1. Dioxygen: Preparation, Properties and Uses

  2. Simple Oxides

  3. Ozone: Preparation, Properties and Uses

  4. Sulphur — Allotropic Forms

  5. Sulphur Dioxide: Preparation, Properties and Uses

  6. Oxoacids of Sulphur

  7. Sulphuric Acid

  8. Group 17 Elements

  • Occurrence

  • Electronic configuration

  • Atomic and ionic radii

  • Ionisation enthalpy

  • Electronegativity

  • Physical properties

  • Chemical properties

  1. Chlorine: Preparation, Properties and Uses

  2. Hydrogen Chloride: Preparation, Properties and Uses

  3.  Oxoacids of Halogens

  4. Interhalogen Compounds: Preparation, Properties and Uses

  5. Group 18 Elements

  • Occurrence

  • Electronic configuration

  • Atomic and ionic radii

  • Ionisation enthalpy

  • Electronegativity

  • Physical properties

  • Chemical properties

The p-Block Elements Chapter at a Glance - Class 12 NCERT Solutions

Group-15 Elements

  • General Electron Configuration: ns2np3 , extra stable electronic configuration due to half filled p-orbital.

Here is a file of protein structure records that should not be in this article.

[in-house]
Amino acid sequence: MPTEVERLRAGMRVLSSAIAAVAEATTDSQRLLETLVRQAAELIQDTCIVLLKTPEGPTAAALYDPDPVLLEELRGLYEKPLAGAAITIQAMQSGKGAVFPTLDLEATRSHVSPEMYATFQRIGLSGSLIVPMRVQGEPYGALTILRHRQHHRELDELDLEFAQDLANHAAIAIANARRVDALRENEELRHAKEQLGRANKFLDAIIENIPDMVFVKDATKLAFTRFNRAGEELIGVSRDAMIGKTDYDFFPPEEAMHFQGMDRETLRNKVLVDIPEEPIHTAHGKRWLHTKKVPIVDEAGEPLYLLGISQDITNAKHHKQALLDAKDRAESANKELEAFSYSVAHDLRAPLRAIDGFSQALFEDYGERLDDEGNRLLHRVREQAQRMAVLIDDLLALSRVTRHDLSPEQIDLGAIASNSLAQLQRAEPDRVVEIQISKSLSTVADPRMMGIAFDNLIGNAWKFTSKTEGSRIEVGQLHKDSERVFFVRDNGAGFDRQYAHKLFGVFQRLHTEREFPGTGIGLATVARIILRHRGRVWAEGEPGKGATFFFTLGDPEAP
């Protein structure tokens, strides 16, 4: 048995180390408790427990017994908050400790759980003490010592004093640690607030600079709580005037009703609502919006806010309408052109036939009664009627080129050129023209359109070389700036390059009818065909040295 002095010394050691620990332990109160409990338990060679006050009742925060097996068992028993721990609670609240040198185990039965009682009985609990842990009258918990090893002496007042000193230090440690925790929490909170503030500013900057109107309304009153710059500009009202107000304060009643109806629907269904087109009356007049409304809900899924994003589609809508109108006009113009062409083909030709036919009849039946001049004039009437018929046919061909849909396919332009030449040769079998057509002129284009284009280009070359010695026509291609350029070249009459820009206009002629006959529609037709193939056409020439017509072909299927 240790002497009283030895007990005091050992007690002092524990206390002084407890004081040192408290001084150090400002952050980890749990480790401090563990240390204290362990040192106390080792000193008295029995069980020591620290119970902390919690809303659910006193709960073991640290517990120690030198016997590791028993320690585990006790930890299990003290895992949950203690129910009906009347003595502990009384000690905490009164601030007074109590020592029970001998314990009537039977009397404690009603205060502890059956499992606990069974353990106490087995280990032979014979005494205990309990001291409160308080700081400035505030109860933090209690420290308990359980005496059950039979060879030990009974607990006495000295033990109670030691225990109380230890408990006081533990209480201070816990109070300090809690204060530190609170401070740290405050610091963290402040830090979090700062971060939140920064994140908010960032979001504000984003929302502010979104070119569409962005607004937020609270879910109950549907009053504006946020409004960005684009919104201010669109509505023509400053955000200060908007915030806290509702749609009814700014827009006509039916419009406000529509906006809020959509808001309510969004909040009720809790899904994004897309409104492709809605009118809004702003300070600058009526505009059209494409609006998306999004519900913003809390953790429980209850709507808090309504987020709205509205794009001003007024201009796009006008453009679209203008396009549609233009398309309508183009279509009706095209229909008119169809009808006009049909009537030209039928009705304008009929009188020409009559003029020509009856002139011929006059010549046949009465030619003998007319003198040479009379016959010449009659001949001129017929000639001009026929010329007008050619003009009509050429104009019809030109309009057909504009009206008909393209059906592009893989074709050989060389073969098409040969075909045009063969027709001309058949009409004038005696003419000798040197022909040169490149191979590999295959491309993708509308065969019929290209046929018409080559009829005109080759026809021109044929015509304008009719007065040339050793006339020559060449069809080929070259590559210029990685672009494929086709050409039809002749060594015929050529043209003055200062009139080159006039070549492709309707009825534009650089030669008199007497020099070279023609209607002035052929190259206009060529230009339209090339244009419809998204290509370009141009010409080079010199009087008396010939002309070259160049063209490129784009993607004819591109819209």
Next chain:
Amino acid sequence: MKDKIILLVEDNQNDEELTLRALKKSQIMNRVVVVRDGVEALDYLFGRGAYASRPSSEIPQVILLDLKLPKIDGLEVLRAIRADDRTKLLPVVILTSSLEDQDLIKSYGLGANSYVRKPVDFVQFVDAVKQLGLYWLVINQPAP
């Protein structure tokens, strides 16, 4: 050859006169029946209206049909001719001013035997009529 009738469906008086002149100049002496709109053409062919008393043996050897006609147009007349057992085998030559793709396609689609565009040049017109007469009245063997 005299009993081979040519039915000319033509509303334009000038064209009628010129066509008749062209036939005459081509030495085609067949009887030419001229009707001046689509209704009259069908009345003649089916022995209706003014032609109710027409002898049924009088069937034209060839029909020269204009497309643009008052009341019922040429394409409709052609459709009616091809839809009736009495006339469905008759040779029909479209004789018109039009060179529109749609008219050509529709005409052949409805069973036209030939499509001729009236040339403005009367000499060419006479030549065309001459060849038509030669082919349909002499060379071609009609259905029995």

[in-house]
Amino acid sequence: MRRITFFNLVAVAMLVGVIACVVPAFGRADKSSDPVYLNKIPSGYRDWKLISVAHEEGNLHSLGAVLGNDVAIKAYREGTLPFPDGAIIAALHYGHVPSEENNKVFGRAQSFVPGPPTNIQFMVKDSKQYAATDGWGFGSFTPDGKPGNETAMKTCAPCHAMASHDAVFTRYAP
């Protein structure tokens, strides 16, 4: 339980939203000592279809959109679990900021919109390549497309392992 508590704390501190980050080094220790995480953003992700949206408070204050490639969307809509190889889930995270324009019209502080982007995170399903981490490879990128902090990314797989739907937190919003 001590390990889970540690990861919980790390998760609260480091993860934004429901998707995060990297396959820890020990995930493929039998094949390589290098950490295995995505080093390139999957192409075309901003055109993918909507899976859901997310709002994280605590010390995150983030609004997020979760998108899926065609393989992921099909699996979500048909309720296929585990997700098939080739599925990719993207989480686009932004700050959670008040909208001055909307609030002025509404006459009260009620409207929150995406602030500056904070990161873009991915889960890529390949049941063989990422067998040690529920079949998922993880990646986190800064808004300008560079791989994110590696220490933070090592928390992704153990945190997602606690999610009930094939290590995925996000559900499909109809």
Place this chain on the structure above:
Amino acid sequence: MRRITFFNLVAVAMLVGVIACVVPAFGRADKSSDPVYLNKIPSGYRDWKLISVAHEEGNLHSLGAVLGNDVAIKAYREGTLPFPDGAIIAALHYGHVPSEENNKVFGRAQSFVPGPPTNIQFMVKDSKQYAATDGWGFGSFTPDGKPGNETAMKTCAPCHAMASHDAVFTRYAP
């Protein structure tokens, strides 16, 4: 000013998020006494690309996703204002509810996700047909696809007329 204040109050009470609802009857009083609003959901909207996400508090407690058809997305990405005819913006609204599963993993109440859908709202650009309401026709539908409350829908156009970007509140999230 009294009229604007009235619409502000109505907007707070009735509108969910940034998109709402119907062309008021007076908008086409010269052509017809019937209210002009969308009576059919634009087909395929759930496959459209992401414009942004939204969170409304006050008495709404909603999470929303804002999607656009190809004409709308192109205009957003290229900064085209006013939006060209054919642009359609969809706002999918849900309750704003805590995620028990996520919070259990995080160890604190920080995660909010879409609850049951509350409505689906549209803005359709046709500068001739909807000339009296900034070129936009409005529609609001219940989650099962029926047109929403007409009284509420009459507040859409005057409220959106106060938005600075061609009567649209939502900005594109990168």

• Atomic and Ionic Radii: Increase down the group due to increase in the number of inner shells.

  • Ionisation Enthalpy(IE): Decreases down the group due to increase in atomic size.

  • Electronegativity : Decreases down the group. Melting & Boiling Point : Boiling points increase from top to bottom and Melting points increase upto Arsenic & then decrease upto Bismuth.

  • Oxidation State: The tendency to exhibit -3 oxidation state decreases down the group due to increase in size and metallic character (i.e electronegativity). +3 and +5 are generally the covalency and the tendency to show (+3) O.S. in comparison to (+5) O.S. increases down the group due to the inert pair effect.

Group-16 Elements

  • General Electron Configuration: ns2np4

  • Atomic and Ionic Radii : Increase down the group due to increase in the number of shells.

  • Ionisation Enthalpy(IE) : Decreases down the group due to increase in size.